An adventure story of a young man trying to escape his past and punish himself for the death of his brother. Set in the wild and lawless country of Liberia, this story is an epic roller coaster ride that takes you through the exciting highs of life in a proper libertarian society, while not being shy about the harsh realities of life without law. It has romance, action, villains and an unconventional good guy pilot who might be rough on the outside but has a big heart for the country he decided to call home. Quite an education into the airline industry in a third world nation.

This novel does a great job of highlighting some inconvenient truths of emerging countries who accept deals from international companies and the harshness that occurs to the regular people.

Resource rich nations with uneducated citizens have been dominated by the rich since history began and The Dung Beetles of Liberia does a fantastic job at unmasking the on the ground truth of this exploitative situation.

Told through the eyes of a young American man running away from his problems back home, it does a great job of placing him in many different situations and meeting many different people involved in the shady business of a resource rich country, capitalizing on the lack of education of the majority of its people.

Some of the language used makes it hard to read when the author is trying to convey the accents of the natives and other pilots in the story. I felt that it could do without the misspelling of words that conveyed and the accents of characters.

The plot of the story is a bit scattered, leaving me to wonder what the central adventure/struggle was that the main character should overcome. Whilst this kept things interesting, it would have preferred to have had a few less love interests, and a stronger focus on just a few issues Ken was to face in his journey.

Overall, this story is well worth a read and does a great job in depicting what it would be like in an emerging 3rd world country that is run by dictators who are making obscene amounts of money off the backs of the native people. This is a story that is hard to put down and keeps you on your toes as to what will happen next, right down to the last chapter.

Affaire de Coeur

Highly Recommended

 Affaire de Coeur 

reviewed by Mildred Burkett

(Appearing in October issue)

Ken Verrier is young man who hasn’t decided what he wants to be when he grows up though he is over 21. It’s 1961, and after spending two years at the presdigious Cornell University where he was studying to be a physicist, he decided he wanted to go somewhere warm and be a pilot. He loved flying and is good at it, and with his father’s connections, he got a job flying in Liberia, leaving his family and girl friend Jenny back in the U.S.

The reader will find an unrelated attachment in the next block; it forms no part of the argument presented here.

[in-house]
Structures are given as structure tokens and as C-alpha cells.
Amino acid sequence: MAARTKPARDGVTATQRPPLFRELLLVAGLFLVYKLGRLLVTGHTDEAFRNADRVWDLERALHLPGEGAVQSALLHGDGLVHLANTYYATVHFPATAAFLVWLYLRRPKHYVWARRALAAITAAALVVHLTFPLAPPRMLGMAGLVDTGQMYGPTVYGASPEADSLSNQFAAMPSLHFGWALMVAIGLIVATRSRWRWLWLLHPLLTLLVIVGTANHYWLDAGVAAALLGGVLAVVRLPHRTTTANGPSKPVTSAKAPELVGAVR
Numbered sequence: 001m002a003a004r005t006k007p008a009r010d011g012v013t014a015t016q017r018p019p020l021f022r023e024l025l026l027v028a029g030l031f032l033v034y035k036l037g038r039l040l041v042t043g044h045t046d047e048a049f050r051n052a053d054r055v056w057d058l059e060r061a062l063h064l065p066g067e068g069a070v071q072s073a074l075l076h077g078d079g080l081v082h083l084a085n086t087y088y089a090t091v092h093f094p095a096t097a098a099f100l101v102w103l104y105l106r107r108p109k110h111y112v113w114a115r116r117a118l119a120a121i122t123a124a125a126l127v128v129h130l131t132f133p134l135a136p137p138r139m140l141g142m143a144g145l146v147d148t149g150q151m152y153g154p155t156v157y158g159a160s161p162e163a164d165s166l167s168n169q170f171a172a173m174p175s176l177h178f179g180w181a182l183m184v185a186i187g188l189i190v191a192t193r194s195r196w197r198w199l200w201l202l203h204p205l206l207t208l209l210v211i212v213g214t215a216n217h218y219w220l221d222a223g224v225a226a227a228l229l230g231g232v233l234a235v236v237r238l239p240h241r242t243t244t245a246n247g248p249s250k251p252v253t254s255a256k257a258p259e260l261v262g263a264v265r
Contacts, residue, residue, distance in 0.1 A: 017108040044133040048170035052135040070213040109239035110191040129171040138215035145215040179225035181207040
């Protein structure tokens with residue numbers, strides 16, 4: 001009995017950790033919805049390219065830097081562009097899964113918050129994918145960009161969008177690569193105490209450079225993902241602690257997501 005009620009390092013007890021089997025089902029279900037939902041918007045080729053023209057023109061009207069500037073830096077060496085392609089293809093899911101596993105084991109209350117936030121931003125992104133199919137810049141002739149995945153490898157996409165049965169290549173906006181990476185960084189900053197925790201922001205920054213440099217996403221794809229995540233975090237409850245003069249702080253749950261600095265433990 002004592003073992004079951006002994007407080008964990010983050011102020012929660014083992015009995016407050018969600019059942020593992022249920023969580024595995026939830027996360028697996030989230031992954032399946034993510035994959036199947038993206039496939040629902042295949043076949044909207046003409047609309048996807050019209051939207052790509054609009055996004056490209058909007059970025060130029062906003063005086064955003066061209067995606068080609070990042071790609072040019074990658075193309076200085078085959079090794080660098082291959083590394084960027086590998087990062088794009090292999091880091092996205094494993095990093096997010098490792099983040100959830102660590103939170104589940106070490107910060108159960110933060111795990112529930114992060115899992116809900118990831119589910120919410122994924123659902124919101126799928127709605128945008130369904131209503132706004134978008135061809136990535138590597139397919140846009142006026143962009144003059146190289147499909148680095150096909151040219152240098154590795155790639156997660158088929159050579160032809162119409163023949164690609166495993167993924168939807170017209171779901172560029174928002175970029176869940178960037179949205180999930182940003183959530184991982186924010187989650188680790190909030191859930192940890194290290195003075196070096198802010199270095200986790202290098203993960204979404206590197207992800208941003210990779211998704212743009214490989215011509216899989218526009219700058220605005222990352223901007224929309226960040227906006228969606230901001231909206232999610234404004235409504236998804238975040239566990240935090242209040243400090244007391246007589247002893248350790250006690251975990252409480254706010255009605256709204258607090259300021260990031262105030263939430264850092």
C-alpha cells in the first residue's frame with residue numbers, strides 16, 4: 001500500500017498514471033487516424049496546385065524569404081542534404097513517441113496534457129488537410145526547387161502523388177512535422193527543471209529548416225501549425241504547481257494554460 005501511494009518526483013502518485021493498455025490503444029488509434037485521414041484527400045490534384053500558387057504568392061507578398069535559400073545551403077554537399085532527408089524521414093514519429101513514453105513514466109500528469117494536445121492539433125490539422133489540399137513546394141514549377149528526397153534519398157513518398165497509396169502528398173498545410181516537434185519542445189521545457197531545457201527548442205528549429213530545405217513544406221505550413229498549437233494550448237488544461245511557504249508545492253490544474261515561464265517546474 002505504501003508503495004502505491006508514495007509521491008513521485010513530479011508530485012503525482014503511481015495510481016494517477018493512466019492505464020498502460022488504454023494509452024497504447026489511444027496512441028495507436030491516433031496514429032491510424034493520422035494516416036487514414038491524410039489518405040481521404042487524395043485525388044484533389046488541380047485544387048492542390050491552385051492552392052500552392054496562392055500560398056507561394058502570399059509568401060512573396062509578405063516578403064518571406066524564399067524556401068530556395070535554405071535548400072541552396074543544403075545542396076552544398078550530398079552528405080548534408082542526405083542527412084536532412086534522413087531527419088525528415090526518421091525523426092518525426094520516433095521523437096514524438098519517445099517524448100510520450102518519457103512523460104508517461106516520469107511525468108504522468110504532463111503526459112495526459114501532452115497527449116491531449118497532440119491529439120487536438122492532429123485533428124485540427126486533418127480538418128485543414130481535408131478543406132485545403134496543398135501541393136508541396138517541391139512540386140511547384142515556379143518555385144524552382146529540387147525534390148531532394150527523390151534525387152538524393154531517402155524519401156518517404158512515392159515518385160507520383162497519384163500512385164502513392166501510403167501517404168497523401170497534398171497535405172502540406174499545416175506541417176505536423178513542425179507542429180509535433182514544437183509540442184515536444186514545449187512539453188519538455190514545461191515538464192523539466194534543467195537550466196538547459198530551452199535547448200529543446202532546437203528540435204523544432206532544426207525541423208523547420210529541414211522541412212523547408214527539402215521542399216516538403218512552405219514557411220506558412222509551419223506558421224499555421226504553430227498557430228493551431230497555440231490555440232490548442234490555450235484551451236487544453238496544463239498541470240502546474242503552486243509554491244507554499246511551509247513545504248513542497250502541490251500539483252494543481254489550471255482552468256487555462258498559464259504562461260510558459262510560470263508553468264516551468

Ken is smart and learns quickly, but he was not prepared to meet the numerous challenges of being in Liberia, Africa. The Liberian social structures were different from anything in the U.S. There is a crooked government modeled on the U.S.’, and there are 14 tribes i.e. the Mandingo who have influence and want their place at the table and their practices respected. On top of that, it is post World War II, and there are Nazi’s who fled Germany all over the place. Everyone is out for himself in Liberia–Ken hears this over and over again– and no on can be trusted. This is proven to him when his boss, and the boss after him steal his company blind before they sneek off in the middle of the night. Of course, the natives bear the brunt of poverty and medical support is almost non-existent. Smuggling diamonds is a lucrative but dangerous business. The price of getting caught is usually death.

Meier begins The Dung Beetles of Liberia by discussing the dung beetle. The description of this disgusting creature almost stopped me from reading the book. But I chanced it, and I’m glad I did. The book, a combination of historical and biographical fiction is an expose, done in the first person, that tells what life is like in Liberia. Each chapter describes a vignette of something Meier experienced or someone he met. The dialects are often off putting as the reader struggles to dicipher wha was being said . The reader will soon see that the dung beetle is a metaphor for Liberia–they’re always deep in feces. Still, I learned so very much from reading this. I salute Meier for being brave enough (or foolish enough) to have done this. Just being a white boy in a tumultous black country was exceptional. He made an impact on the people of Liberia. (i.e. Sarah) Meier’s writing is simplistic; his description could have been better, but he got his point across. I highly recommend this book, especially to someone who is interested in the dark continent.